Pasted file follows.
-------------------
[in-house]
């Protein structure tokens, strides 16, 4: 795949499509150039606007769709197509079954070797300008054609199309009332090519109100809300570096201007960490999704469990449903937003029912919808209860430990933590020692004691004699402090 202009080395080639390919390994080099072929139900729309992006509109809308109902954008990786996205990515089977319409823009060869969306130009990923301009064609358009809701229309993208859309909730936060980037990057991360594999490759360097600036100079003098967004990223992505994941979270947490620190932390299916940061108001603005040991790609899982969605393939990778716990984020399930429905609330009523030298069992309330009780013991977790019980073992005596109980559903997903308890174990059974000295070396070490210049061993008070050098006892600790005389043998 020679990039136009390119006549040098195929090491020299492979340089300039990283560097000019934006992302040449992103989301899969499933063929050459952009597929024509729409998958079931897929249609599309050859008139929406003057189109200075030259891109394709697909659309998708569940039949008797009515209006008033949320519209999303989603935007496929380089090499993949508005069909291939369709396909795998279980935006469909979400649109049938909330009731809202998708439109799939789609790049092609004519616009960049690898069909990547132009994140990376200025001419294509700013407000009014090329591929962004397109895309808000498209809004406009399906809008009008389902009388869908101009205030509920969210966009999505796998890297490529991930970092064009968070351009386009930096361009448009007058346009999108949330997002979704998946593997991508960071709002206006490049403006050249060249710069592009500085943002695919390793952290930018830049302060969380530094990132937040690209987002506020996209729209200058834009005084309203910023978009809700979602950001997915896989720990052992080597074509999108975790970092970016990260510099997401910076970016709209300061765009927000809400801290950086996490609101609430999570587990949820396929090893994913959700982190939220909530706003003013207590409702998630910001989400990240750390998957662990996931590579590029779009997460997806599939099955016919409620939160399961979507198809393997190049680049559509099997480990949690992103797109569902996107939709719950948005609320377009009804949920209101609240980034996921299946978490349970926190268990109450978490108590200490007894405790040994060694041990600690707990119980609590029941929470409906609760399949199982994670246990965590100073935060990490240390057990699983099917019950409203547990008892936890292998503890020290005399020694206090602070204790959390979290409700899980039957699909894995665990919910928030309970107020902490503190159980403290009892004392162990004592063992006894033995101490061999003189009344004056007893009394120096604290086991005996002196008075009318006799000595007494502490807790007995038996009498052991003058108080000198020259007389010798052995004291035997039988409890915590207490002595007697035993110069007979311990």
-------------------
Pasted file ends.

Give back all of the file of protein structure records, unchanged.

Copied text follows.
[in-house]
């Protein structure tokens, strides 16, 4: 795949499509150039606007769709197509079954070797300008054609199309009332090519109100809300570096201007960490999704469990449903937003029912919808209860430990933590020692004691004699402090 202009080395080639390919390994080099072929139900729309992006509109809308109902954008990786996205990515089977319409823009060869969306130009990923301009064609358009809701229309993208859309909730936060980037990057991360594999490759360097600036100079003098967004990223992505994941979270947490620190932390299916940061108001603005040991790609899982969605393939990778716990984020399930429905609330009523030298069992309330009780013991977790019980073992005596109980559903997903308890174990059974000295070396070490210049061993008070050098006892600790005389043998 020679990039136009390119006549040098195929090491020299492979340089300039990283560097000019934006992302040449992103989301899969499933063929050459952009597929024509729409998958079931897929249609599309050859008139929406003057189109200075030259891109394709697909659309998708569940039949008797009515209006008033949320519209999303989603935007496929380089090499993949508005069909291939369709396909795998279980935006469909979400649109049938909330009731809202998708439109799939789609790049092609004519616009960049690898069909990547132009994140990376200025001419294509700013407000009014090329591929962004397109895309808000498209809004406009399906809008009008389902009388869908101009205030509920969210966009999505796998890297490529991930970092064009968070351009386009930096361009448009007058346009999108949330997002979704998946593997991508960071709002206006490049403006050249060249710069592009500085943002695919390793952290930018830049302060969380530094990132937040690209987002506020996209729209200058834009005084309203910023978009809700979602950001997915896989720990052992080597074509999108975790970092970016990260510099997401910076970016709209300061765009927000809400801290950086996490609101609430999570587990949820396929090893994913959700982190939220909530706003003013207590409702998630910001989400990240750390998957662990996931590579590029779009997460997806599939099955016919409620939160399961979507198809393997190049680049559509099997480990949690992103797109569902996107939709719950948005609320377009009804949920209101609240980034996921299946978490349970926190268990109450978490108590200490007894405790040994060694041990600690707990119980609590029941929470409906609760399949199982994670246990965590100073935060990490240390057990699983099917019950409203547990008892936890292998503890020290005399020694206090602070204790959390979290409700899980039957699909894995665990919910928030309970107020902490503190159980403290009892004392162990004592063992006894033995101490061999003189009344004056007893009394120096604290086991005996002196008075009318006799000595007494502490807790007995038996009498052991003058108080000198020259007389010798052995004291035997039988409890915590207490002595007697035993110069007979311990």